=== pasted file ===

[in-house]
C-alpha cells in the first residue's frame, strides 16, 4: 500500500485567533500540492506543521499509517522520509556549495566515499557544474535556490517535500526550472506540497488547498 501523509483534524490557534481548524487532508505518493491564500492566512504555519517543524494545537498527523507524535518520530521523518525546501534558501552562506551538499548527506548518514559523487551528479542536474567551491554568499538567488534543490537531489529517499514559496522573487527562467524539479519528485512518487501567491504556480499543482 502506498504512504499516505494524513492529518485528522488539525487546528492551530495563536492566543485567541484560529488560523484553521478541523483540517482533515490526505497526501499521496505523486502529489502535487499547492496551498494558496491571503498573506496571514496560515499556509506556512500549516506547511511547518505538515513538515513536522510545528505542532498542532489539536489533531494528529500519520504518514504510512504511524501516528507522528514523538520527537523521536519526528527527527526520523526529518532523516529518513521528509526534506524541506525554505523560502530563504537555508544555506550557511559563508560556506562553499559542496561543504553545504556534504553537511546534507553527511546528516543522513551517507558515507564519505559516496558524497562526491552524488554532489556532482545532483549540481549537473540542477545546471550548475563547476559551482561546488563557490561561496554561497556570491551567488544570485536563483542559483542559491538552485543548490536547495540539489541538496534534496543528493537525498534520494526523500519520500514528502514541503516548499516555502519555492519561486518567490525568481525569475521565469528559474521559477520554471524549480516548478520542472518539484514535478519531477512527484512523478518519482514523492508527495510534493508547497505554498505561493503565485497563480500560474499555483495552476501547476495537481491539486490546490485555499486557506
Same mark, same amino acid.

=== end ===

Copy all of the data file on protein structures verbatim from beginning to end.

[in-house]
C-alpha cells in the first residue's frame, strides 16, 4: 500500500485567533500540492506543521499509517522520509556549495566515499557544474535556490517535500526550472506540497488547498 501523509483534524490557534481548524487532508505518493491564500492566512504555519517543524494545537498527523507524535518520530521523518525546501534558501552562506551538499548527506548518514559523487551528479542536474567551491554568499538567488534543490537531489529517499514559496522573487527562467524539479519528485512518487501567491504556480499543482 502506498504512504499516505494524513492529518485528522488539525487546528492551530495563536492566543485567541484560529488560523484553521478541523483540517482533515490526505497526501499521496505523486502529489502535487499547492496551498494558496491571503498573506496571514496560515499556509506556512500549516506547511511547518505538515513538515513536522510545528505542532498542532489539536489533531494528529500519520504518514504510512504511524501516528507522528514523538520527537523521536519526528527527527526520523526529518532523516529518513521528509526534506524541506525554505523560502530563504537555508544555506550557511559563508560556506562553499559542496561543504553545504556534504553537511546534507553527511546528516543522513551517507558515507564519505559516496558524497562526491552524488554532489556532482545532483549540481549537473540542477545546471550548475563547476559551482561546488563557490561561496554561497556570491551567488544570485536563483542559483542559491538552485543548490536547495540539489541538496534534496543528493537525498534520494526523500519520500514528502514541503516548499516555502519555492519561486518567490525568481525569475521565469528559474521559477520554471524549480516548478520542472518539484514535478519531477512527484512523478518519482514523492508527495510534493508547497505554498505561493503565485497563480500560474499555483495552476501547476495537481491539486490546490485555499486557506
Same mark, same amino acid.